There are signs of hope yet Eritrean Christians still face persecution
Some interesting correspondence occurred among the ’Letters to the Editor’ of Irish Times recently. Reflecting on a previous letter, reader David Turner raised some important points which we would also like to share with you.
David Turner Director of Church in Chains, an independent Irish charity that encourages prayer and action in support of persecuted Christians, was reflecting on the former writing of Ray Jordan Chief Executive of Self-Help Africa, one of the few international NGOs working in Eritrea. He concluded his lines with the idea that Africa is calling for greater Irish support for Eritrea but only if Ireland supports the Eritrean people and human rights – not the Eritrean regime.
S4C wanted to share his thoughts with the readers. Here is the letter:
Sir, – Like Ray Jordan of Self-Help Africa, I greatly welcome the recent peace agreement between Ethiopia and Eritrea. The speed of events – prompted by the initiative of the new Ethiopian Prime Minister, Dr Abiy Ahmed Ali, in accepting the UN ruling on the disputed border without any precondition, – has been breathtaking.
These developments could lead to a misleading impression that the troubles of the Eritrean people are overand that it is time for international aid and trade to steam ahead with Ireland in the vanguard, as Mr Jordan proposes.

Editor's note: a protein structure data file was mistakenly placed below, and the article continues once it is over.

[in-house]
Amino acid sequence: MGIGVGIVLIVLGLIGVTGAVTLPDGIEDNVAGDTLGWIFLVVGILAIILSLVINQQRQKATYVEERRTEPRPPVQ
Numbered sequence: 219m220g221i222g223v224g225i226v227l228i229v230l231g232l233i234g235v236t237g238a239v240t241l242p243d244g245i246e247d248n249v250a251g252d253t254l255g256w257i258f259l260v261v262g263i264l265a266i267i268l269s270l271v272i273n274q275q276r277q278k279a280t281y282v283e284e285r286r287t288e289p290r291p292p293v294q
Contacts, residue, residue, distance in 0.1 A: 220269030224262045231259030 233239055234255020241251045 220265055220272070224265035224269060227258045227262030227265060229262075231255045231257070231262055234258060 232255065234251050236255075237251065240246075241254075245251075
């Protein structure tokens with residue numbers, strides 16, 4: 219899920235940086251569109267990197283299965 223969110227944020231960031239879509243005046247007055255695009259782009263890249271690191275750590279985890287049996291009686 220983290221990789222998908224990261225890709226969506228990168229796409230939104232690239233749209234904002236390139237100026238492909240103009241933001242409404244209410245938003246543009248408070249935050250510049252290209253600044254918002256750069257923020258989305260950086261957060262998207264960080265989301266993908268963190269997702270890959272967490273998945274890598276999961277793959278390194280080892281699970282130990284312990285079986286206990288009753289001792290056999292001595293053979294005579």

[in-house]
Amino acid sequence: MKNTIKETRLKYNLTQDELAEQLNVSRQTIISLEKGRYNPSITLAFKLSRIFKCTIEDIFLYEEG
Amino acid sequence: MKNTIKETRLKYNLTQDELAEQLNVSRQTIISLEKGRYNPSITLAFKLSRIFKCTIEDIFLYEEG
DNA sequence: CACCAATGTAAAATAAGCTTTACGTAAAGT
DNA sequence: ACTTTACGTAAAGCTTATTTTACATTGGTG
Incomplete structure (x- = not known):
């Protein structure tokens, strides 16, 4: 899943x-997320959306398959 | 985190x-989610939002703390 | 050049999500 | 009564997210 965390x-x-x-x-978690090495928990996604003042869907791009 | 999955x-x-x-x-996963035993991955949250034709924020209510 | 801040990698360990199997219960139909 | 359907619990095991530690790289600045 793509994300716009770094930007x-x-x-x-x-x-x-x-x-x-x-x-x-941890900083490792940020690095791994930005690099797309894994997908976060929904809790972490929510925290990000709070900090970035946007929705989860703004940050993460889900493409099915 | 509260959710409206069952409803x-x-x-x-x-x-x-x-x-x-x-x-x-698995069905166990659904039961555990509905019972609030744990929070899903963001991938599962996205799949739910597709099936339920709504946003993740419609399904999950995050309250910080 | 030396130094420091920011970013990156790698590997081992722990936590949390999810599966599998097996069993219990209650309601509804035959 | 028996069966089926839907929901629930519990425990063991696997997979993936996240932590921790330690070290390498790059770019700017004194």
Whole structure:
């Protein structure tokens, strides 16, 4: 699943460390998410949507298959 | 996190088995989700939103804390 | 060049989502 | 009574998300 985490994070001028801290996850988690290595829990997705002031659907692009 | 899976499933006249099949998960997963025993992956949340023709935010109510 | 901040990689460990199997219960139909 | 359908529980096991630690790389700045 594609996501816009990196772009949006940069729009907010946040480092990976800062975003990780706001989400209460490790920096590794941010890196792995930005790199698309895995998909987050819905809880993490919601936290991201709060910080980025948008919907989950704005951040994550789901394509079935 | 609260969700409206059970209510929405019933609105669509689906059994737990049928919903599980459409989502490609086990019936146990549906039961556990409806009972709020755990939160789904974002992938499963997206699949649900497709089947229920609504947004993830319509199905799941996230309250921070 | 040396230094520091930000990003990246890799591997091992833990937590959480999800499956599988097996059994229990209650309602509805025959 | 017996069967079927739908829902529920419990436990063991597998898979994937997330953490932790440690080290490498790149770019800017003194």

However, since aid and trade are only possible under the control of the Eritrean government, such an advance can only be made by trampling over the human rights of the Eritrean people. Unlike Mr Jordan, I have not been privileged to visit Asmara in recent weeks – indeed I have been warned that were I to travel to Asmara, I would likely face arrest. Why? Simply because I have spoken up on behalf of the
thousands of Eritrean Christians who have been imprisoned without trial in dreadful conditions and on behalf of the deposed Eritrean Orthodox patriarch who, now aged 90, has been held under house arrest for over a decade.
The many other human rights violations in the country – including arbitrary arrest of politicians and journalists and indefinite national service – have been described by the UN’s special rapporteur (denied entry to Eritrea) as “crimes against humanity”.
Self-Help Africa calls on greater Irish support for Eritrea. I agree, but only if Ireland supports the Eritrean people by holding to its well-established position of promoting human rights and not turning a blind eye and supporting the Eritrean regime.
Yours, DAVID TURNER, Director, Church In Chains (churchinchains.ie),